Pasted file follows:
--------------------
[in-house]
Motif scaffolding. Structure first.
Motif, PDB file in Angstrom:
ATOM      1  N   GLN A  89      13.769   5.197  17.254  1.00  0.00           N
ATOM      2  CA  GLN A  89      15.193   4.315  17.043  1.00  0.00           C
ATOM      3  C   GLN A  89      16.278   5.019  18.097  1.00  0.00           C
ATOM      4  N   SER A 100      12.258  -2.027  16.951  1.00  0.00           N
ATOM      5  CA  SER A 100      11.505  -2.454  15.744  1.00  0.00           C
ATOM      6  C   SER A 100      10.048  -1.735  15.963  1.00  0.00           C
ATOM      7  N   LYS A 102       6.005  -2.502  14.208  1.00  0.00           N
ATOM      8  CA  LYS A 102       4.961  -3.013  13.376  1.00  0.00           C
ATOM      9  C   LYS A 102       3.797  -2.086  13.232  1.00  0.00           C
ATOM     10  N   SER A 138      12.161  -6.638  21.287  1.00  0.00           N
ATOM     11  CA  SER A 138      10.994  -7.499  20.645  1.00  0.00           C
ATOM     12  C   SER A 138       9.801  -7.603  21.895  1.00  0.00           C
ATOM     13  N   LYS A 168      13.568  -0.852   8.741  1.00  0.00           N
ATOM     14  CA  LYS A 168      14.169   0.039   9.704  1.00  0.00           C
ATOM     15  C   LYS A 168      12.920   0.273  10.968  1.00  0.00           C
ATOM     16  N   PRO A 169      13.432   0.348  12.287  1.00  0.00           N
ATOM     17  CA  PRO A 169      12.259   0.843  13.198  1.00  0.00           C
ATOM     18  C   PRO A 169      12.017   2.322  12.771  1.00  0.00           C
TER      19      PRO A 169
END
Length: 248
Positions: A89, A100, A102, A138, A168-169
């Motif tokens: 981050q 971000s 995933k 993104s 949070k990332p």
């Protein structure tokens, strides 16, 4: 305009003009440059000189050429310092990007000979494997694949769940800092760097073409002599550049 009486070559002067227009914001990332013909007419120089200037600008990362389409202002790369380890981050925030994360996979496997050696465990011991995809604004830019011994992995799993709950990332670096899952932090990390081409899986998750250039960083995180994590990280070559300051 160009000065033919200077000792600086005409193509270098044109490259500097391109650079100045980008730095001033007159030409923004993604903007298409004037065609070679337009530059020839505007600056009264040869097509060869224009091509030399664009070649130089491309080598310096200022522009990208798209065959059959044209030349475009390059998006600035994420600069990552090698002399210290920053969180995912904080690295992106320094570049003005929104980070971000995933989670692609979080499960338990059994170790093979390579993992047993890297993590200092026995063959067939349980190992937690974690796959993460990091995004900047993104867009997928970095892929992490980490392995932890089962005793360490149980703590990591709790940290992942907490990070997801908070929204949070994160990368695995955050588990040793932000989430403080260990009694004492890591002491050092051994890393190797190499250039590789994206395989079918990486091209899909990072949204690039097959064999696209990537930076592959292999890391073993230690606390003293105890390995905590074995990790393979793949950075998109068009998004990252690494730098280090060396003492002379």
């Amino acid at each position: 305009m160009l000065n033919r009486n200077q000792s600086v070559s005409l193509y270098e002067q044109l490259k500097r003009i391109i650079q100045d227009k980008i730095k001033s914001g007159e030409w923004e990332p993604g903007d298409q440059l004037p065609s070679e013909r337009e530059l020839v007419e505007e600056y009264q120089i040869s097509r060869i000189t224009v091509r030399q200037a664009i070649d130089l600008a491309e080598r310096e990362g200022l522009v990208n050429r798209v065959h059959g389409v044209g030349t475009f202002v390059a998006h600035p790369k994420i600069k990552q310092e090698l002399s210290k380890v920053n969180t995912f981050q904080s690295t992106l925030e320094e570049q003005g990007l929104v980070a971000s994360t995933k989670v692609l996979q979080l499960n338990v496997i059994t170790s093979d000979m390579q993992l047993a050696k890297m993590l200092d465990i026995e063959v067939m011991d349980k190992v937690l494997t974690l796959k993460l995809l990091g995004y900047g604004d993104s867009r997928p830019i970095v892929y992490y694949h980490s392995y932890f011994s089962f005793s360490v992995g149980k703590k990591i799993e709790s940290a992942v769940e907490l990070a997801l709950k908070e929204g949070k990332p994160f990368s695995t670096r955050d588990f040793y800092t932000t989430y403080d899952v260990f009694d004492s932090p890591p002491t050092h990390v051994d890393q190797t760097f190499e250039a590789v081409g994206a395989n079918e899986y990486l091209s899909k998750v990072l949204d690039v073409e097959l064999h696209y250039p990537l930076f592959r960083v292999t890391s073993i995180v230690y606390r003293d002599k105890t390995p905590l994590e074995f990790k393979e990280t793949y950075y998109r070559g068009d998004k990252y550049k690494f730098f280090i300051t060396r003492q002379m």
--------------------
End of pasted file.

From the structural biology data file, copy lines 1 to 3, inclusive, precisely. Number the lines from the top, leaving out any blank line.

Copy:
[in-house]
Motif scaffolding. Structure first.
Motif, PDB file in Angstrom: